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De-Porting

Don’t worry, we are nearing the end of the story of my SVC syndrome from blood clots and the related hospital stay! If you will, come back to early fall when I was in the hospital trying desperately to get home to my girls again (you can see the previous posts here under Detour – SVC Syndrome).

We are now at the seventh day of my stay and I awoke anxious, ready to have my port taken out. During the morning, the doctors came around and I found out that if I had the procedure done that day, I could go home the next day (spoiler, doctors are not always right). If Interventional Radiology couldn’t get it done that day, I would be scheduled for the next day and go home the following. This had me concerned since we were headed into a weekend and it seems pretty obvious that much of the hospital would be operating on a limited type staffing through a weekend and, rightfully so, working on emergency patients first. With how quickly they had been able to get my care started when I arrived the week prior on a weekend, I don’t have a problem with that. Once the port was removed, they would need to get my Heparin (short term blood thinner I had through IV) numbers back to level, then switch me over to Lovenox (more long term blood thinner injected). My activity was to be limited once I was home. The original plan was to take it easy for 10 days with lots of rest and only going to doctor appointments. I was not to be left alone with my girls or drive anyone anywhere for the same time, until I was seen.

Obviously, being on blood thinners long term brought about a lot of questions. I had been on them through both of my pregnancies, but at a much lower dose. Unlike a more popular pill form I had been on previously, this did not require blood tests to monitor levels or a consistent diet. The blood tests, though, while annoying to have done and possibly have to continuously change my dose, provided some quantitative measurement and assurance that they were working. They do not run the same types of tests for the Lovenox. Now that I would be on the blood thinners permanently, it was no ladders forever. Not a biggie, I’m not a fan of heights and that one time I rolled myself off a ladder onto a roof was enough. Seriously. Slithered and rolled. In a professional setting. And then I had to get back down. For those of you who don’t know me in real life, trust me, I’m so much cooler than that story might lead you to believe. Anyway, no ladders. Since we were headed into That Little Girl’s first soccer season, and I was aching to get out there and play with her and get her excited about it, I was disappointed to find out that soccer, being a contact sport, isn’t really in my future.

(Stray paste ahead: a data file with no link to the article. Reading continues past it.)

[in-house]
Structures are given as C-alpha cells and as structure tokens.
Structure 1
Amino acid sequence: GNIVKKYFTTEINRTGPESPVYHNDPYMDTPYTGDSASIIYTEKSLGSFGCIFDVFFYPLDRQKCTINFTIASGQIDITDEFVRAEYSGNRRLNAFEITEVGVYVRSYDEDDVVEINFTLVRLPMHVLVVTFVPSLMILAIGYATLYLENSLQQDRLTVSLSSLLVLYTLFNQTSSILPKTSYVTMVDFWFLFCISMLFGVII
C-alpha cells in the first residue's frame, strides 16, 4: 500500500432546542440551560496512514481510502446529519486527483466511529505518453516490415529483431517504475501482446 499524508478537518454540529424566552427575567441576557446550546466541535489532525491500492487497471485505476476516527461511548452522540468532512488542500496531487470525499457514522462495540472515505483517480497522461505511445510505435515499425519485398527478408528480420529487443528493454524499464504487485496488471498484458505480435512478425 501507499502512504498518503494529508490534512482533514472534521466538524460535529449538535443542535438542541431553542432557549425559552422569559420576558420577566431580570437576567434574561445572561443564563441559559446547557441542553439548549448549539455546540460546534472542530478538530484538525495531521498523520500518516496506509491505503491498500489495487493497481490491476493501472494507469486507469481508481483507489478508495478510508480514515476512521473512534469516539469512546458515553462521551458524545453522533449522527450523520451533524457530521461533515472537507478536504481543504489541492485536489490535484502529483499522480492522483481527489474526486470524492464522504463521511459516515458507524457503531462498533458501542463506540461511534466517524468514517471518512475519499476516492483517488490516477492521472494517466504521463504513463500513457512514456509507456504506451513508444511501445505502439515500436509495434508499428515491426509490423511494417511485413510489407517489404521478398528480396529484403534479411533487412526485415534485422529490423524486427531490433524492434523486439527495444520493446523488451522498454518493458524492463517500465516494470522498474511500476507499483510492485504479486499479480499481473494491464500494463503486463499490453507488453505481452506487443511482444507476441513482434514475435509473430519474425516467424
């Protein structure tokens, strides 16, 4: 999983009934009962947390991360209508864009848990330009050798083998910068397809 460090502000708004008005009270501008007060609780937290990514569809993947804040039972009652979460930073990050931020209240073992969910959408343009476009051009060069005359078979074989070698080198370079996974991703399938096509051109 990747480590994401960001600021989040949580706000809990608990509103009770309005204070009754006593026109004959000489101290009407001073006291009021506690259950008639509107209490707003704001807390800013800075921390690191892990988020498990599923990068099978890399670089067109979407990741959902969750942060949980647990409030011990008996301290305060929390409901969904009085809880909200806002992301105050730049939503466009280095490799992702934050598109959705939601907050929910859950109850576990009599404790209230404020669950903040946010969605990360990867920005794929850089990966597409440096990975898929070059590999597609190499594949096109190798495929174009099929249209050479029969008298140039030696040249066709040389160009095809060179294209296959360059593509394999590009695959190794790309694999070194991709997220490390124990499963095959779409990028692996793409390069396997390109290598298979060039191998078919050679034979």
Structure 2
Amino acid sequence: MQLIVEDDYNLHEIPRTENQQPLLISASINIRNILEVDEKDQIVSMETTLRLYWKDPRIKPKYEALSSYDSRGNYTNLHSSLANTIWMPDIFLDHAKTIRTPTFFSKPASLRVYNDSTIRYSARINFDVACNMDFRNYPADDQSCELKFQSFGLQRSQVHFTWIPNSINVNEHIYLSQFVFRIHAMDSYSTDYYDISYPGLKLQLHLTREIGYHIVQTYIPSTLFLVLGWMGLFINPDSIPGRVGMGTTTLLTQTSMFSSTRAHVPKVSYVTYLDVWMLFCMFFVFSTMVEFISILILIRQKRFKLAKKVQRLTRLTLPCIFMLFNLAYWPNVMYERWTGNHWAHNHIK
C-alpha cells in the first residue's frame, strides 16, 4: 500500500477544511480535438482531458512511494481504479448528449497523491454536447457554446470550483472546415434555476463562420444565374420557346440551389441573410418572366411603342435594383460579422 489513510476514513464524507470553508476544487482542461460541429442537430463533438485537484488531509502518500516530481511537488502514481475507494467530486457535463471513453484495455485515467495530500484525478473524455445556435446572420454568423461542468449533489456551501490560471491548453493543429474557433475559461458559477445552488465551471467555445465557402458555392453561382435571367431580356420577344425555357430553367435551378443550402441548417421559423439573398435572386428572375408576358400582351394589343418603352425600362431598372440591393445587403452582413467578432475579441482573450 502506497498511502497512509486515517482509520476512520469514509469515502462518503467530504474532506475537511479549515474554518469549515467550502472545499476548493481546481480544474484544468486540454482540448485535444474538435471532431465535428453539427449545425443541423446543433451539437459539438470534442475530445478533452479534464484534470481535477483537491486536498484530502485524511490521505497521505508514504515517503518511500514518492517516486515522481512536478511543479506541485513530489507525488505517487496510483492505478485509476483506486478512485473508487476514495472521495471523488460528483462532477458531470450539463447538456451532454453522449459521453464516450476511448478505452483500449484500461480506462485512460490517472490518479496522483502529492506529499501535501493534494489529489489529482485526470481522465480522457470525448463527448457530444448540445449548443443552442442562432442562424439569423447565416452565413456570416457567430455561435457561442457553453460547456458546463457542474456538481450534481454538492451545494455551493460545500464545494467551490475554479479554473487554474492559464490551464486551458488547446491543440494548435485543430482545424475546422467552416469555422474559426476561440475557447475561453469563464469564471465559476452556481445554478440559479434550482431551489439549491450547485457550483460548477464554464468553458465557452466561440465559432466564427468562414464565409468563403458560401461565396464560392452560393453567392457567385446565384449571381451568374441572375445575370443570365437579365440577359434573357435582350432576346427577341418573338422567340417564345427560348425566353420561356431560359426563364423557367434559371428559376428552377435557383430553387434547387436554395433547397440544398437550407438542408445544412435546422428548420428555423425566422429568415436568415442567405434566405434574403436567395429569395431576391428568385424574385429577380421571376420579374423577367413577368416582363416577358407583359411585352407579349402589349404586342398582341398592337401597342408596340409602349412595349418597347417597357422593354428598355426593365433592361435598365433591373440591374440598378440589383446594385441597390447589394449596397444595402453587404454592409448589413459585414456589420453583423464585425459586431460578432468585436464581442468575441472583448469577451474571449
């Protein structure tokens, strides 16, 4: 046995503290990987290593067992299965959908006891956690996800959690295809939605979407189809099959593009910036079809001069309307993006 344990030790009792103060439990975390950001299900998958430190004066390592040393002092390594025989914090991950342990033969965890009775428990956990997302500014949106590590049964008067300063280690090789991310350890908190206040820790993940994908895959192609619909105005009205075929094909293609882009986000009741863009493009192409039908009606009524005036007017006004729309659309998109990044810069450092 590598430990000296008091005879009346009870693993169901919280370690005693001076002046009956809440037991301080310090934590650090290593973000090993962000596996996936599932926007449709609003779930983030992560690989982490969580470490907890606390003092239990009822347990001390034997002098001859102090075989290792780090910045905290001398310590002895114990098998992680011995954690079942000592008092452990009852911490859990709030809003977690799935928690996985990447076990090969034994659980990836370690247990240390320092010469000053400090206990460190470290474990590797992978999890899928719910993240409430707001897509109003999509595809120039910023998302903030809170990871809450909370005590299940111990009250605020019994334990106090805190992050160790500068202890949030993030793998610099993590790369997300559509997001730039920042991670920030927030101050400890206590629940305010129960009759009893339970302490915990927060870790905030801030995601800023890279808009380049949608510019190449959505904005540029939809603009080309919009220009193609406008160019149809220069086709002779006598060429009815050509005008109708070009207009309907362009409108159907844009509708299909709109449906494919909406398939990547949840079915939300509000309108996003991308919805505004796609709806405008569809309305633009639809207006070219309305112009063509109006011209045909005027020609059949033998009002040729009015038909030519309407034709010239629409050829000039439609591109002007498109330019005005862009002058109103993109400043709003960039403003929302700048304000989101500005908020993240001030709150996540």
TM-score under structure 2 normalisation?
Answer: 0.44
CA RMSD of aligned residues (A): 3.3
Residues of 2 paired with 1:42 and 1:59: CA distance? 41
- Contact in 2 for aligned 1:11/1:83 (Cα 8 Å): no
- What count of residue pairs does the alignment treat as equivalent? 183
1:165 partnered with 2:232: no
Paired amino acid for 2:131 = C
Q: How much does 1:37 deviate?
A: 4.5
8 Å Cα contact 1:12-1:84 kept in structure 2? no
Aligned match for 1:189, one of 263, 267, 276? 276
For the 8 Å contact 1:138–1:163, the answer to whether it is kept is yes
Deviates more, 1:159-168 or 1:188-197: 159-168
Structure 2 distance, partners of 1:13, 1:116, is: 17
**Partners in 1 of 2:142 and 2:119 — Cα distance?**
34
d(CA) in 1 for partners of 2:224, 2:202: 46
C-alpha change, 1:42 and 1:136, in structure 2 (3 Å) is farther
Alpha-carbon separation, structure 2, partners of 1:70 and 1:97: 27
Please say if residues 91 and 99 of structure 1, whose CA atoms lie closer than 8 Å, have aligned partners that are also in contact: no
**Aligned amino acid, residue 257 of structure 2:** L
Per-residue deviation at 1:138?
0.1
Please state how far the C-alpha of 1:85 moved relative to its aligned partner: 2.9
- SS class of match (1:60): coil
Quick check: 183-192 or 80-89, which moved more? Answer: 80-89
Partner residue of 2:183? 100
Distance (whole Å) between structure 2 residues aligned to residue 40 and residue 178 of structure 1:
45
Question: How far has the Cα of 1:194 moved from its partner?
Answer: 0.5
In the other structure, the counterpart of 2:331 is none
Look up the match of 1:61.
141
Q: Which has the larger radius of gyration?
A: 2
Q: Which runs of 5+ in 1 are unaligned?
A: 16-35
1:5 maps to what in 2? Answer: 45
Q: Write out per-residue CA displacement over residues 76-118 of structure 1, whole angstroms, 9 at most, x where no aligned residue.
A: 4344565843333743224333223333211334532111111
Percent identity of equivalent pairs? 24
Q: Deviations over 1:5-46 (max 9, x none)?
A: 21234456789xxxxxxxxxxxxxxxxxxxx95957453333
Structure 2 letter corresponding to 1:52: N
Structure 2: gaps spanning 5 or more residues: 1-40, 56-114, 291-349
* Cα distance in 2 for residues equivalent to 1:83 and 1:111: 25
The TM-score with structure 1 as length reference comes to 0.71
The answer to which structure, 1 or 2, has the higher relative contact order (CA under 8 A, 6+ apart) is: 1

Around lunch time on this seventh day, the nurse came in and let me know they were going to be sending me for the surgical procedure soon. That meant they were turning off my heparin drip. I called That Guy, and he started to head back to the hospital from work. Pretty shortly after, the nurse advocate for my hospital stay came in to speak to me. She was fairly certain that since Physical Therapy had not been in to see me, I would not be going home that weekend regardless of what the doctors had said earlier. I had not been out of bed much walking around and when I was, it was not easy. Don’t even ask about showering! She was very concerned about me going home too soon. In the midst of our conversation, she somehow brought up that she felt I had a guardian angel and asked what I thought of that. She went on to tell my mom and I a personal story about her family. I won’t share her story here as it is not mine to tell. She had come sort of out of nowhere and read our family’s recent difficult times from something she picked up on and just felt the need to share that she felt my grandparent was a protecting me, without knowing about my grandfather’s recent passing. Sounds a little wacko and I can’t really do it justice since I’m not going to share her story, but I do believe she was assigned to me for a reason in this case. In the midst of her visit, transport came in and off I went to have my port removed! That Guy was not there yet, but he knew where to meet us.